Safe Kids

Traffic fatalities for children have declined by almost fifty percent, the newest data just crunched by the CDC and reported in Morbidity and Mortality Weekly Report (MMWR) establishes.  Good news indeed! Rick and I agree on PodMed this week.  It's always so wonderful when a somewhat tedious practice results in such a dramatic reduction in that hard endpoint of death, and especially death in children.  I say somewhat tedious because as anyone who's reading this probably already knows, kids don't much like car seats of any ilk, and are likely to protest in whichever way they can when buckled into them.  Yet the data is irrefutable and provides a compelling argument to enforce existing law and expand it further, as this paper clearly demonstrates that we have a ways to go.  Let's examine the numbers more closely.

The CDC analyzed data regarding traffic fatalities in the 0-12 year old set from 2002 through 2011.  Deaths per age category and restrained versus unrestrained were also broken out, with children younger than one year of age, one to three years of age, 4 to 7 year-olds, and 8-12 year olds comprising the categories.Data from 2009-2010 was also further stratified with regard to ethnicity, with sufficient numbers to permit reporting for non-Hispanic whites, African Americans, and Hispanics.  The age groups were used that correspond to recommended forms of restraint categories, such as infant seat or booster seat.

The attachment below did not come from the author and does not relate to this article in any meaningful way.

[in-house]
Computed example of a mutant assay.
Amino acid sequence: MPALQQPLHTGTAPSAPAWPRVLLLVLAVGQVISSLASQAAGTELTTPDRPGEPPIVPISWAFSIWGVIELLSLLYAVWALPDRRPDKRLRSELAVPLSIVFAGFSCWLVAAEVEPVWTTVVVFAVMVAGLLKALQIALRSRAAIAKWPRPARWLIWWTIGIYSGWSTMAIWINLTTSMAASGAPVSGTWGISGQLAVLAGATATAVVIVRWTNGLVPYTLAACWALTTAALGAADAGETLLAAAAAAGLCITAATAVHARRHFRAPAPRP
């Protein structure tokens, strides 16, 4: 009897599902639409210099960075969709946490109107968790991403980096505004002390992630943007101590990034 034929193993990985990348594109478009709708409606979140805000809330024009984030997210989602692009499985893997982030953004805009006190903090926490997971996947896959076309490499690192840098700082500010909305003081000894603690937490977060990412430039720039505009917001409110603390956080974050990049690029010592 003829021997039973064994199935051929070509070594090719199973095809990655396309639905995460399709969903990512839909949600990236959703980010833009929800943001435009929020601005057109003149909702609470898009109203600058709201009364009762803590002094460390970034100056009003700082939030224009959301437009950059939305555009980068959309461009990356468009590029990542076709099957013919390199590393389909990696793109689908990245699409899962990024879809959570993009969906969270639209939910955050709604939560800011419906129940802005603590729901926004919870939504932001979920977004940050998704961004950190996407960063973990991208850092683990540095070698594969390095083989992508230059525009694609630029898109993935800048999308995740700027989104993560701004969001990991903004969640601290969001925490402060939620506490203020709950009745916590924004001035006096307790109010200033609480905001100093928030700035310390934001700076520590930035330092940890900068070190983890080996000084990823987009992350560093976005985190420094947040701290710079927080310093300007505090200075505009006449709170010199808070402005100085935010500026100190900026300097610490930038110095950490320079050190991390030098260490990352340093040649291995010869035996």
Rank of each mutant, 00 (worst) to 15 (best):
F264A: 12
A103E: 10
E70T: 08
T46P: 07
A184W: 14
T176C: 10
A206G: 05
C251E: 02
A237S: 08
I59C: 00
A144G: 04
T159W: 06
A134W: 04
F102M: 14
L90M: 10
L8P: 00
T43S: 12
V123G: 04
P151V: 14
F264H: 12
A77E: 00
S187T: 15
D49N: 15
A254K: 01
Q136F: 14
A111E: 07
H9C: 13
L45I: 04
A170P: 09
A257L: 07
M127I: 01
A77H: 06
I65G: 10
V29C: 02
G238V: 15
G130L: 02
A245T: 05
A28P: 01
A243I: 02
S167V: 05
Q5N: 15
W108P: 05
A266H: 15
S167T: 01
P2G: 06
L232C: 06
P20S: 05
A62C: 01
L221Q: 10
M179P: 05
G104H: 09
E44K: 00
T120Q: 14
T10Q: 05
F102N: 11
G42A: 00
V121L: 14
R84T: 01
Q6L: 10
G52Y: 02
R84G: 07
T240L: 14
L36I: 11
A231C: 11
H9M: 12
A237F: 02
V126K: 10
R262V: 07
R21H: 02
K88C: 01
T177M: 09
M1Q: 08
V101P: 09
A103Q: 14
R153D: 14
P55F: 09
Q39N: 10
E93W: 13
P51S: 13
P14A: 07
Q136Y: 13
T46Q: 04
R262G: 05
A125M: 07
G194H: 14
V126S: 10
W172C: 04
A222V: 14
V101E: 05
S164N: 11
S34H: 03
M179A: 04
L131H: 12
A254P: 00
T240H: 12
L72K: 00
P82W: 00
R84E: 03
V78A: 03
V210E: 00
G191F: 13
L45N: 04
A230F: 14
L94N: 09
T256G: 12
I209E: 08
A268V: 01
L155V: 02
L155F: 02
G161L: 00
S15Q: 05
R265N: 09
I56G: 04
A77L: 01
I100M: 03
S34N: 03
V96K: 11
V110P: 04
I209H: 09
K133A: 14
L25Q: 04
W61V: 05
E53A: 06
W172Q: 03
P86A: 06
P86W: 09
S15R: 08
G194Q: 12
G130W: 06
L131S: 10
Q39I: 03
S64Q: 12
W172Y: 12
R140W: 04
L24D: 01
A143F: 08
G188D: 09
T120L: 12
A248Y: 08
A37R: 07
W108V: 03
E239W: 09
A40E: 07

The good news is that during this time period, deaths in motor vehicle accidents declined by 43% for all age groups.  Per age category, motor vehicle death rates decreased significantly among children aged <1 year by 45%, 1–3 years by 44%, 4–7 years by 43%, and 8–12 years by 41%. However, of the children who died as a result of motor vehicle accidents, 33% were unrestrained.

Ethnicity was also an important factor in this analysis. Black children had a significantly higher proportion of unrestrained child deaths compared with white children for those aged 1–3 years (47% versus 20%), 4–7 years (46% versus 26%), and for all children aged 0–12 years combined (45% versus 26%).  Hispanic children also had a significantly higher proportion of unrestrained child deaths compared with white children for those aged 4–7 years (50% versus 26%), 8–12 years (55% versus 33%), and 0–12 years (46% versus 26%). As Rick opines in the podcast, this clearly points to the need for culturally sensitive education to inform black and Hispanic parents on the need to provide age-appropriate restraints for their children when they are passengers in motor vehicles.

Another issue worth consideration emerged from this analysis. Only two states in the US, Tennessee and Wyoming, have laws that mandate use of booster seats among older children until they reach the age of 8 years, although children aged 8–12 years had the highest proportion of unrestrained child deaths (45%), based on known restraint use.  Clearly this points to the need to enact laws mandating use of age and size-appropriate restraints for everyone riding in or on a motor vehicle.  As I comment to Rick in the podcast, we've had great national success with seat belt use by adults, and the same should be enacted for children of all ages.

Other topics this week include no help for slowing cognitive decline with tight control of risk conditions in people with diabetes in JAMA Internal Medicine, a new type of medication for post-herpetic neuralgia  and a novel flu virus in the Lancet.  Until next week, y'all live well.

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